IEA Sees No End to US Shale Output Surge

The scheme by OPEC and non-OPEC producers to collectively curb oil production has brought stability to the global market—which, as a result, could soon be awash in “a second wave” of US shale output growth.

OPEC Secretary General Mohammed Barkindo (left) and IEA Executive Director Fatih Birol gave their thoughts on the global oil market at CERAWeek in Houston. Source: CERAWeek by IHS Markit.

US crude production is projected to surge to 12.1 million B/D by 2023 amid "a second wave” of shale output increases, making the country the world’s largest oil producer, according to the International Energy Agency’s latest 5-year market forecast.

The new wave is underpinned by higher oil prices following the pact between OPEC producers and a group of non-OPEC countries to collectively curb output through this year. “Everyone has benefited” from the deal, and newfound optimism has spread through the industry, said OPEC Secretary General Mohammed Barkindo during the CERAWeek conference by IHS Markit in Houston.

Source: IEA.


While OPEC may be sacrificing market share for market stability, Barkindo nonetheless said the collaboration “is as solid as the rock of Gibraltar” and could be institutionalized going forward. He believes the consensus is that an ongoing pact is necessary to serve as an insurance policy against price shocks like the one that occurred during 2014–16.

Barkindo, who in the past lamented the unrestrained nature of US shale output spikes, was set to have a “dialogue” with executives from shale operators on the evening of 5 March. US crude production hit an all-time monthly high in November and is expected to post a yearly record in 2018, the US Energy Information Administration reported last month.

The US “is set to put its stamp on global oil markets for the next 5 years,” said IEA Executive Director Fatih Birol, who added that rising shale production should be a factor taken into consideration by OPEC and non-OPEC partners when discussing further possible output restraints.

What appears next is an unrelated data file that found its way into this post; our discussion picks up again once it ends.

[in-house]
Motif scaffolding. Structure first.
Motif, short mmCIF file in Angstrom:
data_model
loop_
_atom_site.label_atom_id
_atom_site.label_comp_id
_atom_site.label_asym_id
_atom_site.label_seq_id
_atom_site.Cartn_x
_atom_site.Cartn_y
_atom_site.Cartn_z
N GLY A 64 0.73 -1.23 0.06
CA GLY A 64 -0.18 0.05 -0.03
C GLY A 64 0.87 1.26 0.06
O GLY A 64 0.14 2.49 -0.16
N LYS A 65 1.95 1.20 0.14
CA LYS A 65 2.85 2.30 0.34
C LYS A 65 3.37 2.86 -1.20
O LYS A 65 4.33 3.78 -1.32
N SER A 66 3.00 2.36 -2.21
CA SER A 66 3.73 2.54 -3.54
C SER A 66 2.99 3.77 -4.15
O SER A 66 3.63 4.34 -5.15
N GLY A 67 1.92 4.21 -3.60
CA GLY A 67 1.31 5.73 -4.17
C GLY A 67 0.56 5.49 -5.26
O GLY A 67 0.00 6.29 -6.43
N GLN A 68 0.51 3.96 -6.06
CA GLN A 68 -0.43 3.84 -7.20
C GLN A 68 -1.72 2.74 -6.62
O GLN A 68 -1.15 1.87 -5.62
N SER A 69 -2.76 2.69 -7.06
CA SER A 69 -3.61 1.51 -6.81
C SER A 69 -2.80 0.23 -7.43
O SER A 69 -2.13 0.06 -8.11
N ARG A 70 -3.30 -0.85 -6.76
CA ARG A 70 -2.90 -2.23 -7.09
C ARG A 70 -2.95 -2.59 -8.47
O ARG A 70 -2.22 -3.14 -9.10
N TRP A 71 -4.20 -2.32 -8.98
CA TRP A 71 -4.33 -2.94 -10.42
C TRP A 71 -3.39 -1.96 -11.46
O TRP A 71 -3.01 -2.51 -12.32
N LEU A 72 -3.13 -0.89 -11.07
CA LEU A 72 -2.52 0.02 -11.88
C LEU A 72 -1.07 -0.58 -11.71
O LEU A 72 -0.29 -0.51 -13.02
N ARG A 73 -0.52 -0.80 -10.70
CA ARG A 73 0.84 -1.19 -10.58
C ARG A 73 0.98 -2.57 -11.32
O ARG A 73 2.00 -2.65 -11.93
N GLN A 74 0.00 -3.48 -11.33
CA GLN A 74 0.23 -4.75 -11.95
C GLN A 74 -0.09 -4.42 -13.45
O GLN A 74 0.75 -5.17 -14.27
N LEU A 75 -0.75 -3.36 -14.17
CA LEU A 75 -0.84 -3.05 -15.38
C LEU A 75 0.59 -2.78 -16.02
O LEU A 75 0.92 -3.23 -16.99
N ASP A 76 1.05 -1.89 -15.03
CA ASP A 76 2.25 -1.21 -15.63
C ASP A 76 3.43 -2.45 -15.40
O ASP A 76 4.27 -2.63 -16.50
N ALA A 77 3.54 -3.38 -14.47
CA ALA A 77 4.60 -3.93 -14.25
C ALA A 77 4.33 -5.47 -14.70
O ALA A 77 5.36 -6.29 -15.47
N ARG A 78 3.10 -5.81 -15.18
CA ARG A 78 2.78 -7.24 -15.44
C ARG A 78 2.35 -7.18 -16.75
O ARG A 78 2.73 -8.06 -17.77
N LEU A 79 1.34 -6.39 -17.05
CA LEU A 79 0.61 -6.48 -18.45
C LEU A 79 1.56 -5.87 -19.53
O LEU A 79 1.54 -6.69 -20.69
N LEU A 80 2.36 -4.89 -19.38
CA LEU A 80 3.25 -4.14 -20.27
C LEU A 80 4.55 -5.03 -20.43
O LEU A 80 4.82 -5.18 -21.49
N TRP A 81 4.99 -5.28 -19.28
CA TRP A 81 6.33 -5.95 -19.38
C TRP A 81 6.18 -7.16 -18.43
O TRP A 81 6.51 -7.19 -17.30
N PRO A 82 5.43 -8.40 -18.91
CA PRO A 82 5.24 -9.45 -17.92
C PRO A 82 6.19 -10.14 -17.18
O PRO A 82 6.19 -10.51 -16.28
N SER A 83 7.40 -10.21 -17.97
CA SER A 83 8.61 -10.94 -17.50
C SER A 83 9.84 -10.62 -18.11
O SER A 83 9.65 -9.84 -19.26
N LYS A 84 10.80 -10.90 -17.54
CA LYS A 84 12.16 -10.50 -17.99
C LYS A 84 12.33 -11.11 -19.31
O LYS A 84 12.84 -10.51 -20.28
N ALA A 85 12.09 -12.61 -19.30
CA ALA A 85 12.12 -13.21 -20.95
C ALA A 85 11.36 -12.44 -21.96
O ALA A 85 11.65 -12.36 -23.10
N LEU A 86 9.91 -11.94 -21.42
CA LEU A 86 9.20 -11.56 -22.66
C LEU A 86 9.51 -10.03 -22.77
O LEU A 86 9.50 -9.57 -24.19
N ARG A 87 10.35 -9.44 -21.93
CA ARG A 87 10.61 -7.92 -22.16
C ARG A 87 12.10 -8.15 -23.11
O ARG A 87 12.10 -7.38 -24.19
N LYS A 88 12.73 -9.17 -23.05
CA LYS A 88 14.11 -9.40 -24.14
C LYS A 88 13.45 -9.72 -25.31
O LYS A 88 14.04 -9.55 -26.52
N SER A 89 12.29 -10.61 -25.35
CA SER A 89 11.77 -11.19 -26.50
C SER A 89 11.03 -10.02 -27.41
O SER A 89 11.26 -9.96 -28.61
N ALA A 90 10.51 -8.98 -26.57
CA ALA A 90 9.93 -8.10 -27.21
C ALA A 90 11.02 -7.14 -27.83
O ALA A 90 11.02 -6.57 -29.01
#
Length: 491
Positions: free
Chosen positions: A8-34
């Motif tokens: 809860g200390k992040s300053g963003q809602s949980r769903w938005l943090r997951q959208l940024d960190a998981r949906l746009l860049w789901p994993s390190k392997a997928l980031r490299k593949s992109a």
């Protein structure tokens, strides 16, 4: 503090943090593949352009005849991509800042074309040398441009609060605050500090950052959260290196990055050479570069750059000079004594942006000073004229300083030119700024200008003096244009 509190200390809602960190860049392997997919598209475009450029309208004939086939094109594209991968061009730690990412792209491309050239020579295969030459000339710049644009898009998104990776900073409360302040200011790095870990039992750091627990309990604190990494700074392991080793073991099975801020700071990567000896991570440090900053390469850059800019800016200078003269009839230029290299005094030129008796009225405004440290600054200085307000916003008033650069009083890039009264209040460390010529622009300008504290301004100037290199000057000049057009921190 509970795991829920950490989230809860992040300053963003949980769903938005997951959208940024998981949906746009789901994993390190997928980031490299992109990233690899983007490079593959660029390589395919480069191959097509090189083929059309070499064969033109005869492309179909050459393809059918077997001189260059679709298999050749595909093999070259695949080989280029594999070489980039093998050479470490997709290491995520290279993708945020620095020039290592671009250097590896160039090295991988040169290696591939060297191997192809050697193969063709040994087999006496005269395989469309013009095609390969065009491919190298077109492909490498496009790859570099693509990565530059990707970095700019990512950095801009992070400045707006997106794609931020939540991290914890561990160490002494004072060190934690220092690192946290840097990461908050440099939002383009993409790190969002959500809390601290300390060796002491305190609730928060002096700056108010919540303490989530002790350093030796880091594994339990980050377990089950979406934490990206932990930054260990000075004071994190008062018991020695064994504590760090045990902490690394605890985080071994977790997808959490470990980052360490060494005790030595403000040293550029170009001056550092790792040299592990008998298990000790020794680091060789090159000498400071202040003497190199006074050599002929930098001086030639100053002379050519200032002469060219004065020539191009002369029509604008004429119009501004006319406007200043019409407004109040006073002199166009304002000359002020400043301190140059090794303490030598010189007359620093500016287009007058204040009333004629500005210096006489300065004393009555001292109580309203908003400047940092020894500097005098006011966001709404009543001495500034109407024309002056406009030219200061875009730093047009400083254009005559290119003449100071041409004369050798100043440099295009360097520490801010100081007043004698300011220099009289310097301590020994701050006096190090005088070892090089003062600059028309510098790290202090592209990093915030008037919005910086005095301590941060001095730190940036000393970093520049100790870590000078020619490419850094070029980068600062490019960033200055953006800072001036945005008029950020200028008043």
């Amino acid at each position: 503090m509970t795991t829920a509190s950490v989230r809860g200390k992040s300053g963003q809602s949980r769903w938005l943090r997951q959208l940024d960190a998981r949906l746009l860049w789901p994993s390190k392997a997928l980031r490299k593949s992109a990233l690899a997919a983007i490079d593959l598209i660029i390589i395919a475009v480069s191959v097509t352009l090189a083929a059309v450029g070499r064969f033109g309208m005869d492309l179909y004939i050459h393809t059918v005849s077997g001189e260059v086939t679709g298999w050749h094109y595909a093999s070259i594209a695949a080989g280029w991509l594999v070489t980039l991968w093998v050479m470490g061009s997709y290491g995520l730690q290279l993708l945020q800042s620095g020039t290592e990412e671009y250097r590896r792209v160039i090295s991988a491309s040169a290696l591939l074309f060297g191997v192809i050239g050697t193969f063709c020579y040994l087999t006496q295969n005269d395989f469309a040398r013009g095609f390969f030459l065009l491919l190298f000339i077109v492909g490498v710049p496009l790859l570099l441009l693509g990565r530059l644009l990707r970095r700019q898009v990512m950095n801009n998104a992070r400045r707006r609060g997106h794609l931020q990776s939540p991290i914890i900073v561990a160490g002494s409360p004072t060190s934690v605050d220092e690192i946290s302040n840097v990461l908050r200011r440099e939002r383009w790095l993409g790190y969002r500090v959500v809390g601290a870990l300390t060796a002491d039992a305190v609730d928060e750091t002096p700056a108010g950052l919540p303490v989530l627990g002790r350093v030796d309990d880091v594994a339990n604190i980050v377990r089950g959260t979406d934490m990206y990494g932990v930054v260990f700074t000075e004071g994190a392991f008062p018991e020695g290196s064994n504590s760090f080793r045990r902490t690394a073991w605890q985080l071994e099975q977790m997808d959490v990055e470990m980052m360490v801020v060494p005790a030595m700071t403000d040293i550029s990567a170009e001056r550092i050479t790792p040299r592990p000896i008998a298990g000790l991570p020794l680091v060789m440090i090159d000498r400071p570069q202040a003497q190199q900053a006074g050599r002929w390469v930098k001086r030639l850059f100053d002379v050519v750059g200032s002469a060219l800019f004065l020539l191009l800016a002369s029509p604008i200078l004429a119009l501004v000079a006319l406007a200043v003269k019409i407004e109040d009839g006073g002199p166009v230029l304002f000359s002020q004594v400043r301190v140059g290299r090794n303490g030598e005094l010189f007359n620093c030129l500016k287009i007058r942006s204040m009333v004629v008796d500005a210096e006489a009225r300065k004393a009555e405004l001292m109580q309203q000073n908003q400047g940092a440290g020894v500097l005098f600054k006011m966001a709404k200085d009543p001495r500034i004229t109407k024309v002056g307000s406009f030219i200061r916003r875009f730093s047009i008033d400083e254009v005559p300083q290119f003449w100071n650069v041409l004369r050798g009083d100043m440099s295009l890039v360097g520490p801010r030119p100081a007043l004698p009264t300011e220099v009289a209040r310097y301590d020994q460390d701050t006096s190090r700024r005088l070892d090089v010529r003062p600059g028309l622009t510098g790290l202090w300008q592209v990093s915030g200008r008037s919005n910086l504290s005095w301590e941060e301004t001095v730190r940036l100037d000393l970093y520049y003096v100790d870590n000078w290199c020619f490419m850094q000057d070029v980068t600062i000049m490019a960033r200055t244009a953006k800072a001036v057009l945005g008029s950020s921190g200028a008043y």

The IEA forecasts that overall US production gains will represent 60% of new global output to 2023. Over the next 3 years, it will cover 80% of the world’s demand growth, with fellow non-OPEC countries Brazil, Canada, and Norway providing the rest, growing 1 million B/D, 790,000 B/D, and 450,000 B/D, respectively.

Birol sees “no peak oil demand in sight” as the IEA forecasts yearly demand growth of 1.2 million B/D, about half of which will come from China and India. While growth in India will rise slightly, China’s growth rate could slow due to the country’s new industry policies designed to reduce pollution. He noted the global petrochemical sector is “one of the blind spots of the oil market debate.” The IEA projects new petrochemical capacity to represent 25% of oil-demand gains by 2023, driven by projects in the US and China.

As an exporter, the US will continue to lift its profile in world markets, the IEA forecasts. Following relief of some transportation bottlenecks associated with crude movements from Canada and within Texas, US capacity is expected to approach 5 million B/D by 2020 as Corpus Christi becomes the primary North American crude outlet. While the first wave of increased US oil production was largely absorbed by domestic markets, much of the second wave will provide feedstock for European and Asian refiners.

Due to sheer volume and geography, however, the Middle East will remain the most critical region in the world for oil resources, and Saudi Arabia will remain the biggest and most important exporter “for many years to come,” Birol said.

Given their shared expectations of rising global demand and continued production declines from aging fields, Barkindo and Birol both emphasized the need for more upstream investment from regions outside the US to maintain market stability in the 2020s. Global spending dived 25% in 2015–16 before staying flat in 2017, and early data suggests only a modest rise in 2018.

Source: IEA.


Meanwhile, there has been an increasing focus on short-cycle projects at the expense of more expensive, often more rewarding long-cycle projects. Birol noted “the world needs to replace 3 million B/D of declines each year—the equivalent of the North Sea.” Those potential shortfalls could result in market volatility that is quite different from what OPEC and non-OPEC collaborators have recently sought to remedy, he said.